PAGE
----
DOJ warns Academy about blocking streaming movies from Oscar noms

Federal antitrust cops are weighing in on a struggle for Oscar supremacy that vies Netflix boss Reed Hastings against Hollywood legend Steven Spielberg

Federal antitrust cops are weighing in on a struggle for Oscar supremacy that vies Netflix boss Reed Hastings against Hollywood legend Steven Spielberg

Netflix Inc.'s pursuit of Academy Awards could become an antitrust issue.

The US Department of Justice took note of the movement and warned the Academy of Motion Picture Arts and Sciences that such a ban might violate anti-trust laws by suppressing competition. In 2017, Sony Pictures Motion Picture Group chairman Tom Rothman joked, "Netflix my ass!" after a stunning presentation of footage from Denis Villeneuve's "Blade Runner 2049", implying the film could only be appreciated on a massive screen in theaters. He has said that streaming movies shouldn't be considered for Oscars unless they have a traditional run in theaters.

Iconic director Steven Spielberg has been leading the fight against Netflix since a year ago, when he agreed with the Cannes Film Festival banning streaming movies from competing for its top prize.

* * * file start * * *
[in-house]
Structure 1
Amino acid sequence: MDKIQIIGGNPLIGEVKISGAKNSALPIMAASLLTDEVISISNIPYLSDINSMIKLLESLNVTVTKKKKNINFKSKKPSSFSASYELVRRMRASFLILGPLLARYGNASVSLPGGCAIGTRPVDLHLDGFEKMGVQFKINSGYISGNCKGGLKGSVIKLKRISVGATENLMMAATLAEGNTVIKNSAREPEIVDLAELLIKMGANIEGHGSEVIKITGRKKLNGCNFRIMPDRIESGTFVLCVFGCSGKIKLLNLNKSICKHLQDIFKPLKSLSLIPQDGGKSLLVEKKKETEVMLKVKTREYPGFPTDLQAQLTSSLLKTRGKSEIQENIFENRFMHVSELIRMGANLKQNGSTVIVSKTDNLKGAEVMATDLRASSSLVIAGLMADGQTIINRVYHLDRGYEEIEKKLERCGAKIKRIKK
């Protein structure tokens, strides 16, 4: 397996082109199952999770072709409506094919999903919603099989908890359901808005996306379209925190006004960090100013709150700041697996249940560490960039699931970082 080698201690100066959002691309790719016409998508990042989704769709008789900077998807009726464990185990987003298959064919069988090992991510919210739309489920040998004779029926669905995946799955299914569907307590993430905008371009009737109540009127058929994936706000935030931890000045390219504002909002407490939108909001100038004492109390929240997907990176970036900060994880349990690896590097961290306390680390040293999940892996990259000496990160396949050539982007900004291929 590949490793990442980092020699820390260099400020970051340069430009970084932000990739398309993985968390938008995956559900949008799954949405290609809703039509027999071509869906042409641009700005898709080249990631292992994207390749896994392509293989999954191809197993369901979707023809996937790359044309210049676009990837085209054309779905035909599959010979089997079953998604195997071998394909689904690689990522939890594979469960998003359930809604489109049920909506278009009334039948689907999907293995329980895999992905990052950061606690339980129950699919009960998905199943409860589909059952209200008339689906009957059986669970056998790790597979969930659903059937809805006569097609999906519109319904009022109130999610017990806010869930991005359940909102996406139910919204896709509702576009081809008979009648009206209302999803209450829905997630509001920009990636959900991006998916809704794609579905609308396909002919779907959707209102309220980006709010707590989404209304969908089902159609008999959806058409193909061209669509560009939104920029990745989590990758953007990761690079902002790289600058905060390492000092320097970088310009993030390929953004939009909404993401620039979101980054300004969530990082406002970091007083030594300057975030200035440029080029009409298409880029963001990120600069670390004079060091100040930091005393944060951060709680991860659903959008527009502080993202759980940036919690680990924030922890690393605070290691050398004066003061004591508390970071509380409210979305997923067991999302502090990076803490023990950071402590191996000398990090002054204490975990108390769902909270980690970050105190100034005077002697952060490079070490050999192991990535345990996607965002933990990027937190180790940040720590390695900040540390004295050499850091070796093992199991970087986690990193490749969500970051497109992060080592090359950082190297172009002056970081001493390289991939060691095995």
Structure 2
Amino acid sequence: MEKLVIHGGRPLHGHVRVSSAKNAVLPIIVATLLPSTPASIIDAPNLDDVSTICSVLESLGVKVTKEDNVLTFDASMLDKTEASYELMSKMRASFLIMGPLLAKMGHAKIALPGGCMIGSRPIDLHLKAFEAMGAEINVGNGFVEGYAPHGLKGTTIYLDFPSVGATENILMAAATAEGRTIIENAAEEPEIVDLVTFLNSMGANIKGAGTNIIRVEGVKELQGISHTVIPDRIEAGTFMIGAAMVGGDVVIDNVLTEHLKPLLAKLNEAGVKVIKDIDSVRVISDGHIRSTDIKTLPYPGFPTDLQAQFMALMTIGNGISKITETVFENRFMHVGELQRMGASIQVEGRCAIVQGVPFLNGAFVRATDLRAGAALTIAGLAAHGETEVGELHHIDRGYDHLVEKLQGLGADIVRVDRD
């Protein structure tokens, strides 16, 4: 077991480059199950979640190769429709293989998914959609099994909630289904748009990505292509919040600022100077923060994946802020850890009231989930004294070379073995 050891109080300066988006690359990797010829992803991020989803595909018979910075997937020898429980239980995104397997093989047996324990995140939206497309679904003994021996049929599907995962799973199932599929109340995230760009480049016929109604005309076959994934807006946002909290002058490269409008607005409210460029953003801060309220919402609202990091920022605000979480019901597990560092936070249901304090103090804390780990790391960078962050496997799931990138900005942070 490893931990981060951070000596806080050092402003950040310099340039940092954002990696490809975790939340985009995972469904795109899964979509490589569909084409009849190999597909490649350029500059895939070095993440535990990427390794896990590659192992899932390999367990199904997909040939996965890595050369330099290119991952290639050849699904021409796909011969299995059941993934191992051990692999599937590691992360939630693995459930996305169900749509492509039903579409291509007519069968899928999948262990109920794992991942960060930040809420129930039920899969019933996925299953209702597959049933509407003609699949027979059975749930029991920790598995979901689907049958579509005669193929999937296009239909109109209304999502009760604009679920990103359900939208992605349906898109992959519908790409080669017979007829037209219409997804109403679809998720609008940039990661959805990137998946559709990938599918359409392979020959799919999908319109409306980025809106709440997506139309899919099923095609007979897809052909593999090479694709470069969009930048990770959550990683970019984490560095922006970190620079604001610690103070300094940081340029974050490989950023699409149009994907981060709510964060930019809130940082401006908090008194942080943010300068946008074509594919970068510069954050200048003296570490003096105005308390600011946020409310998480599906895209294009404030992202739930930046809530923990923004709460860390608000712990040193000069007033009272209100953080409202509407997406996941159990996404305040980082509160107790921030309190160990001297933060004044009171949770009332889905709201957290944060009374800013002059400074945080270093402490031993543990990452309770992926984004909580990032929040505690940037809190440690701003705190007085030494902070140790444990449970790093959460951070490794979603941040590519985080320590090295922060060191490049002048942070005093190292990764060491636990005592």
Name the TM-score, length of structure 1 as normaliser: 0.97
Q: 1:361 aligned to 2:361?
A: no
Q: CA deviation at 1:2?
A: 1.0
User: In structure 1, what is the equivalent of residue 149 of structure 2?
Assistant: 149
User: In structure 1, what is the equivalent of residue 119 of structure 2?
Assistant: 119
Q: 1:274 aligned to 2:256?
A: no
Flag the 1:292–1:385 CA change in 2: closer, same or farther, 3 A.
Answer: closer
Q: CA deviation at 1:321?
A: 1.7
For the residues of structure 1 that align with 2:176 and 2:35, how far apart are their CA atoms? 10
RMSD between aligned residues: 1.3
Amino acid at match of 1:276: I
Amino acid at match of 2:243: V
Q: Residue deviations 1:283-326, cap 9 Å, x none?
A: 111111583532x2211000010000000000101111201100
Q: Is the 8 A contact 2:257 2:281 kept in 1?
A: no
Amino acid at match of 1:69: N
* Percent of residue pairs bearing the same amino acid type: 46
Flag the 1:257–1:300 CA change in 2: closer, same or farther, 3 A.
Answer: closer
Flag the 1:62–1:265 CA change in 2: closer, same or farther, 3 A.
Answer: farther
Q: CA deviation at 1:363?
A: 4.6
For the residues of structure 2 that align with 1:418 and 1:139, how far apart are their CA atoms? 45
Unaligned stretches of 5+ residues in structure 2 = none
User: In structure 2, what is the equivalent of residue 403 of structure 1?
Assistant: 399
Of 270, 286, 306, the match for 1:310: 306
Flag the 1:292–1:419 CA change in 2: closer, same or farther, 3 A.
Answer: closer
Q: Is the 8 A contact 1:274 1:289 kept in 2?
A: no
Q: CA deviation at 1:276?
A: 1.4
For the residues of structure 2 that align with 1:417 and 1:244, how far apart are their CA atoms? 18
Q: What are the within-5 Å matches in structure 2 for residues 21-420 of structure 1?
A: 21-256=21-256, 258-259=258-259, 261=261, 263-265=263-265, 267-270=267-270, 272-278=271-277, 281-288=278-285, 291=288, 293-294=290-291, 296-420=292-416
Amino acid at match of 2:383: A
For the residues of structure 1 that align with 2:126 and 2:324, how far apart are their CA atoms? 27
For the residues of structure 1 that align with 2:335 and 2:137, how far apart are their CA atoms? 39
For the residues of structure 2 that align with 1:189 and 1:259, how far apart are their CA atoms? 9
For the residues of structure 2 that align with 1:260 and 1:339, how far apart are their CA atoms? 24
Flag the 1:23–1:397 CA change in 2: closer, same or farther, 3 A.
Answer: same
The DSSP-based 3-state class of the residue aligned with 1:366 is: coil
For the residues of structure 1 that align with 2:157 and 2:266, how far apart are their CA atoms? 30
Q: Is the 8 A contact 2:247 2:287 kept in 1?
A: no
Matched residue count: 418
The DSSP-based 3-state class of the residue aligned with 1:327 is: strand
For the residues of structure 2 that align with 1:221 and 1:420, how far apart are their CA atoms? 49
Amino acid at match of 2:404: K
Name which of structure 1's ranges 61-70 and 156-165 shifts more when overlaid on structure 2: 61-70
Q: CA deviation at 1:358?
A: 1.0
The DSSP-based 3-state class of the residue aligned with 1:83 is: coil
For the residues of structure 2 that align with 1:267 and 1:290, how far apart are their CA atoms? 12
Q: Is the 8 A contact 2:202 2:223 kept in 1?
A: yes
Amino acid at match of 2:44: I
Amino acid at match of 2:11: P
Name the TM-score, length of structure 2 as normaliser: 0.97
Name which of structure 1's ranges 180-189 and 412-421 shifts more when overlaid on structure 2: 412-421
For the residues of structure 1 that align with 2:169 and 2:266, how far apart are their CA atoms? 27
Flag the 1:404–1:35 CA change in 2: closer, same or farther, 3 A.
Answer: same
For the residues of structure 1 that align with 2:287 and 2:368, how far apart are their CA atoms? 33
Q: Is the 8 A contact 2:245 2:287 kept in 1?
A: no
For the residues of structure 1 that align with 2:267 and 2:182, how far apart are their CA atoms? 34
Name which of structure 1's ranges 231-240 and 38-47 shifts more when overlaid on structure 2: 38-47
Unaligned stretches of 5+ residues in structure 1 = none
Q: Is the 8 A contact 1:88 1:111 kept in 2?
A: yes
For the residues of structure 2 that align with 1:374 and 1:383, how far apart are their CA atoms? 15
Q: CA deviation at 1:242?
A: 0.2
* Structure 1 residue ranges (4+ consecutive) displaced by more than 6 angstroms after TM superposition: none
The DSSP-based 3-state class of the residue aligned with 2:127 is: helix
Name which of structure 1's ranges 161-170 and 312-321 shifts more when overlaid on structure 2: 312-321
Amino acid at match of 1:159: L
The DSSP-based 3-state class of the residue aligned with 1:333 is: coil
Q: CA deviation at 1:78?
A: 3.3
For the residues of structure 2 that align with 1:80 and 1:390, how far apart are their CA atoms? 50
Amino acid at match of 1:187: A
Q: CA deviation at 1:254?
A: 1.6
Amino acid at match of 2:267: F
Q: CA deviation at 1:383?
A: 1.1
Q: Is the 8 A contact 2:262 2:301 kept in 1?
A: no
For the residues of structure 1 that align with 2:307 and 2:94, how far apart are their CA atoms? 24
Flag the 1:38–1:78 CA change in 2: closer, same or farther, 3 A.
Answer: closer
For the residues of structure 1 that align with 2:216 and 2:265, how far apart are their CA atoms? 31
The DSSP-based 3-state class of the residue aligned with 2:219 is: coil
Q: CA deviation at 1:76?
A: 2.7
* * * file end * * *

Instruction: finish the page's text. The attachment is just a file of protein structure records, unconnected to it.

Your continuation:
As Indiewire noted, the movie industry may have gripes about Netflix's business tactics, including its refusal to abide by industry standard, 90 day theatrical release windows and heavy Oscars lobbying, but it does match the same qualifying theatrical release targets as many smaller and indie releases. Netflix has softened its stance on the matter over the past year, releasing "Roma" in theaters exclusively for a couple weeks, but the company doesn't plan to give movies much more time than that, Chief Content Officer Ted Sarandos told Bloomberg.

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However, Variety reported in early March 2019 that Spielberg was planning on pressing the issue further with Academy members, and Netflix has fired back - that's not even considering that the numerous other streaming services already in operation or being planned for launch in the near future are going to feel just as strongly about plans to exclude them.

An Academy spokesperson replied, "We've received a letter from the Dept. of Justice and have responded accordingly".

The letter obtained by Variety was written by Makan Delrahim, Assistant Attorney General for the Antitrust Division of the U.S. Department of Justice, to AMPAS CEO Dawn Hudson on March 21. Its Board of Governors will hold their yearly rule meeting on April 23rd. The board of governors is tasked with setting the Academy's strategic vision. If the Academy proceeds with the proposed changes, the Justice Department could kick off a probe into its practices, this person said.

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